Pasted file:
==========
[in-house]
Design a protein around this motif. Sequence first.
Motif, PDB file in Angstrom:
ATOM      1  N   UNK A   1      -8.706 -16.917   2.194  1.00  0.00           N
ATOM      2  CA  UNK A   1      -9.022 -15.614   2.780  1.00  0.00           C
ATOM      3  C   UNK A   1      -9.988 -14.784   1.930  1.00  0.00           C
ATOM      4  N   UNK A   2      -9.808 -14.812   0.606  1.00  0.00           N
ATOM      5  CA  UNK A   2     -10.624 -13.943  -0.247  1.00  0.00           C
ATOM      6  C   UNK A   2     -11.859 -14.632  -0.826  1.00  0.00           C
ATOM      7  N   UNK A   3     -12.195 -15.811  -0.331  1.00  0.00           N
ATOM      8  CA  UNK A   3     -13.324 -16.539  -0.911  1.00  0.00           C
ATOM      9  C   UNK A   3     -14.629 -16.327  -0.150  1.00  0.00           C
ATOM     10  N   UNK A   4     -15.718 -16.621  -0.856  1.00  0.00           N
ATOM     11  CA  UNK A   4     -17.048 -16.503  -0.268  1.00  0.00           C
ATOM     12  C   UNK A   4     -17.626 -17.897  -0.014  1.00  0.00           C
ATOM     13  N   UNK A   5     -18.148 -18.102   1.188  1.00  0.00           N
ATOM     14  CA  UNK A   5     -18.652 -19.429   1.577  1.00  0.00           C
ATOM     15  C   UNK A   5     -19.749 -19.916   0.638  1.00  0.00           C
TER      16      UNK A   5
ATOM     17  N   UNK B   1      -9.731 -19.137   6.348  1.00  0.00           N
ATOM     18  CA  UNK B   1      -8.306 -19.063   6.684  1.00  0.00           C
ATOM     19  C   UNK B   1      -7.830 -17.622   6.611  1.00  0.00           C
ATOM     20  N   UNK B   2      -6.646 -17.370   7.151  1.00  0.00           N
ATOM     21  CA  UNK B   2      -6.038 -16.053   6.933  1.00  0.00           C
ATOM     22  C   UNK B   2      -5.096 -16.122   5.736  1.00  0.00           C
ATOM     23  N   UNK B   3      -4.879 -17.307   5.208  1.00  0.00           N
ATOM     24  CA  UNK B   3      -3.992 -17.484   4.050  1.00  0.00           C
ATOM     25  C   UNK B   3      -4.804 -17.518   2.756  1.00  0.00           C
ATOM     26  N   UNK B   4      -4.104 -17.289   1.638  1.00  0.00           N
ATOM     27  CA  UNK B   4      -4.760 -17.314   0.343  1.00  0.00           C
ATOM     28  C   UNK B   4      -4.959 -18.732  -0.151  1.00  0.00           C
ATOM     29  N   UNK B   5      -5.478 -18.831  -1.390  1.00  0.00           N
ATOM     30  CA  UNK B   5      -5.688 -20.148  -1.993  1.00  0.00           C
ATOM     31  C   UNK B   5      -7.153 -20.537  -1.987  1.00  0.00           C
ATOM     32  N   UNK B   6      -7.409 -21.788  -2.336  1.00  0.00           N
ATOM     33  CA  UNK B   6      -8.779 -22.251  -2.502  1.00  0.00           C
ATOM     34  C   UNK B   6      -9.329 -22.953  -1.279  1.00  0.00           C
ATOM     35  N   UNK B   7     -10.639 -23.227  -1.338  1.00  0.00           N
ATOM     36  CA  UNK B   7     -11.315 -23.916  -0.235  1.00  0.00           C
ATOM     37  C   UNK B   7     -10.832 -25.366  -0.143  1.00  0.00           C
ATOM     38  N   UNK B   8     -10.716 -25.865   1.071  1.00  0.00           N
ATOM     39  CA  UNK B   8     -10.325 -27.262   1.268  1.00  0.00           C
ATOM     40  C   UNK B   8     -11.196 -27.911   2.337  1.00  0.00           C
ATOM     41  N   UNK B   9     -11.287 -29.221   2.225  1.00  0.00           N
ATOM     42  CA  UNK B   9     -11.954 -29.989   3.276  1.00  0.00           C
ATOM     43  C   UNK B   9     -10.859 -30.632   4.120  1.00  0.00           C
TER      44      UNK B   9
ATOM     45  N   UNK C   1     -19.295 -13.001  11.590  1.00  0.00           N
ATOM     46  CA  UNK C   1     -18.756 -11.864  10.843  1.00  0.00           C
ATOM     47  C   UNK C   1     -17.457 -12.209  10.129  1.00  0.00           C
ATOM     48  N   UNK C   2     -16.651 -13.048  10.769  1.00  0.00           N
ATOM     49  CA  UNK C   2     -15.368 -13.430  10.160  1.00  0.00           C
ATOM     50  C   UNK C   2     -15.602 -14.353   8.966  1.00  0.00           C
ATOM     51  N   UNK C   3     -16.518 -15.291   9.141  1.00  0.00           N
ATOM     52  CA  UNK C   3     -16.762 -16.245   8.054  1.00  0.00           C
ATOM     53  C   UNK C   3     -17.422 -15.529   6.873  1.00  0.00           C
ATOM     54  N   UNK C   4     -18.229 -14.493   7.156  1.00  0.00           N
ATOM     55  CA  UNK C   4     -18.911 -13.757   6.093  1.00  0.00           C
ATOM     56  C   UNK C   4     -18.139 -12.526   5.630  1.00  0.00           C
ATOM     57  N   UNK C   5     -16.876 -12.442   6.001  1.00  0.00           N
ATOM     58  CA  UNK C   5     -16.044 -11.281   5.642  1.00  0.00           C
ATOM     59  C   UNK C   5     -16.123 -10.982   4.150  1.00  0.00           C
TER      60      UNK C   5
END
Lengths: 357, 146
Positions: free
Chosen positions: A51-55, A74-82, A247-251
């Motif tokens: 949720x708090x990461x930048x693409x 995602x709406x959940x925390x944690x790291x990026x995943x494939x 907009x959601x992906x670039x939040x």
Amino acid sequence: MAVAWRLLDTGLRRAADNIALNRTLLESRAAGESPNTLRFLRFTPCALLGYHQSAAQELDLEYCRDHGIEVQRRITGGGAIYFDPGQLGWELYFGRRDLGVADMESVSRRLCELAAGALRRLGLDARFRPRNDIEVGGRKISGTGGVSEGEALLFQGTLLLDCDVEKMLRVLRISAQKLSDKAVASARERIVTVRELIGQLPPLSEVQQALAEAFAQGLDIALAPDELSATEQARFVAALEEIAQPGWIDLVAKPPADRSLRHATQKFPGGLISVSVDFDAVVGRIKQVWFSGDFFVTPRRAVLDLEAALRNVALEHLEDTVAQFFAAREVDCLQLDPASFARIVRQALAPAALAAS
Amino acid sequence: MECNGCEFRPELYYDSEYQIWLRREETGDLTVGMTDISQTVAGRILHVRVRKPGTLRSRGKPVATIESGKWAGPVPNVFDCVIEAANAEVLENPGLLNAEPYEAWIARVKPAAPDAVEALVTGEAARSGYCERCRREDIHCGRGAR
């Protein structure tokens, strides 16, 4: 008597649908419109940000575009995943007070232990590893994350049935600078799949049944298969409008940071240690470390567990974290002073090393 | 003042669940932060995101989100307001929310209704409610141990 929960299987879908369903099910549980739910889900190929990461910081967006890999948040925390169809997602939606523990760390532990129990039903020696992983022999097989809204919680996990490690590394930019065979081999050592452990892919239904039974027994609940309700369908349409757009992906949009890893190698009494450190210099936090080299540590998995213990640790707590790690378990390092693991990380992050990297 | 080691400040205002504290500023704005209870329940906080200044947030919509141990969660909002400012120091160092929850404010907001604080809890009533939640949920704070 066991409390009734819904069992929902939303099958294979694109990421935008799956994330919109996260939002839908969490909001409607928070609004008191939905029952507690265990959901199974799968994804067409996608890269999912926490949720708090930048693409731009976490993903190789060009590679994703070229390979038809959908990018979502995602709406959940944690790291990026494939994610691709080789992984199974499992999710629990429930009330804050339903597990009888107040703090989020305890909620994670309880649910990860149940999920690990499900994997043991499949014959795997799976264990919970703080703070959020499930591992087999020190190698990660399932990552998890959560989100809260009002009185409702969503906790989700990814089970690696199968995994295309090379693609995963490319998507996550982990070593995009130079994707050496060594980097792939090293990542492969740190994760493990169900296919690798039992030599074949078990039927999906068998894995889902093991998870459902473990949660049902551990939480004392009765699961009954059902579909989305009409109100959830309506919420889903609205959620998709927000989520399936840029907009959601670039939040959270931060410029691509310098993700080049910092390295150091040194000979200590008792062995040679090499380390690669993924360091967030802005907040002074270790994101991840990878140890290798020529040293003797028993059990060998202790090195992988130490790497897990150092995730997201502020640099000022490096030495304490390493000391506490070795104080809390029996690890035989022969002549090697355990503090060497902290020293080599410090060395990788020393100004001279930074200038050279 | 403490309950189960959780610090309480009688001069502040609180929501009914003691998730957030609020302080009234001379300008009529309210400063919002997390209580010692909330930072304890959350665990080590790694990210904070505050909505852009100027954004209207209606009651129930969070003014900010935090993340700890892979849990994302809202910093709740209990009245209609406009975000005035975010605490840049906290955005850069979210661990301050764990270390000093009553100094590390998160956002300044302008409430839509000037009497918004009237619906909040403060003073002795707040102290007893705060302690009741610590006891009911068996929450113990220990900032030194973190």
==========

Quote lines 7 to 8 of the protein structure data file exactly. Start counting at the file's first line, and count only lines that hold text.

ATOM      4  N   UNK A   2      -9.808 -14.812   0.606  1.00  0.00           N
ATOM      5  CA  UNK A   2     -10.624 -13.943  -0.247  1.00  0.00           C